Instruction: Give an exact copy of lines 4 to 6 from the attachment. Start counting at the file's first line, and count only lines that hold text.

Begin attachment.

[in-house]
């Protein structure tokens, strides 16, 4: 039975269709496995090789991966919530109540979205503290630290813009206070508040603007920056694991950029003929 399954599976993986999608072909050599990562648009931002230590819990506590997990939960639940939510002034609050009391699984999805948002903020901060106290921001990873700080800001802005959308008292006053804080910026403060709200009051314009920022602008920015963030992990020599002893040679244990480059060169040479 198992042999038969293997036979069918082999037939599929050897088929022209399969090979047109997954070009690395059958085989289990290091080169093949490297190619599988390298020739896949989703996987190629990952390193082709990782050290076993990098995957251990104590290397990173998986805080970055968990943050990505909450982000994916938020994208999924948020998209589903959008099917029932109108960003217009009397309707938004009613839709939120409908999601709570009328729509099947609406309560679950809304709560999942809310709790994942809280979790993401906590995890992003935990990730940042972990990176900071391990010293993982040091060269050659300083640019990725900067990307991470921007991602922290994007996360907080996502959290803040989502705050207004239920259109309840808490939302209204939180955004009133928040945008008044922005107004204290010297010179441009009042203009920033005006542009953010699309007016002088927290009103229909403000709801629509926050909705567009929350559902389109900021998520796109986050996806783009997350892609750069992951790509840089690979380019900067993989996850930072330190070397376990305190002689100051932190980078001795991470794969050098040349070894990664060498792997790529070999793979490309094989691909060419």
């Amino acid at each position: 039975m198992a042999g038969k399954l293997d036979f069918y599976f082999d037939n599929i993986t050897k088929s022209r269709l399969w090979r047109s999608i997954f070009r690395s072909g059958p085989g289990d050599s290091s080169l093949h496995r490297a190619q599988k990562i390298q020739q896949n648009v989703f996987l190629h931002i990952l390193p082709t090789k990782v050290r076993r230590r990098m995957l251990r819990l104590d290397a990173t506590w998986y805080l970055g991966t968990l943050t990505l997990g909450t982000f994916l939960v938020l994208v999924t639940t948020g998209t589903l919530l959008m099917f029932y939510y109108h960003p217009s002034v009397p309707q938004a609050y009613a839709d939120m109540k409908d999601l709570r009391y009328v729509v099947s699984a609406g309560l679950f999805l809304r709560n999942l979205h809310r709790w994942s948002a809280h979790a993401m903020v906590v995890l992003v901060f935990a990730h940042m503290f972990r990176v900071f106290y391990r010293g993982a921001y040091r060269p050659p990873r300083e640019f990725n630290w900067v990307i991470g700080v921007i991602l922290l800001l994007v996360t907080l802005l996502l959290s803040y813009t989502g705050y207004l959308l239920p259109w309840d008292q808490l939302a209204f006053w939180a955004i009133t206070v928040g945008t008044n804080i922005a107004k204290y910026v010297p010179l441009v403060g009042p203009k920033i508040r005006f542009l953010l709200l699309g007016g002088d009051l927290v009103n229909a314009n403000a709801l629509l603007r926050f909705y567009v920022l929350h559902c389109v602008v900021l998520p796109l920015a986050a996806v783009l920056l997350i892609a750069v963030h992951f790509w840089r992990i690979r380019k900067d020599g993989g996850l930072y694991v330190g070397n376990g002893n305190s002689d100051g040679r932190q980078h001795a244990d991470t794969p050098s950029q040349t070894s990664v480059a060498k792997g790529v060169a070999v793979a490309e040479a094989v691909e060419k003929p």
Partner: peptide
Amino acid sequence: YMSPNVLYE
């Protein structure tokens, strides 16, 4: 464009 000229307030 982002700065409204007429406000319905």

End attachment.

Partner: peptide
Amino acid sequence: YMSPNVLYE
């Protein structure tokens, strides 16, 4: 464009 000229307030 982002700065409204007429406000319905």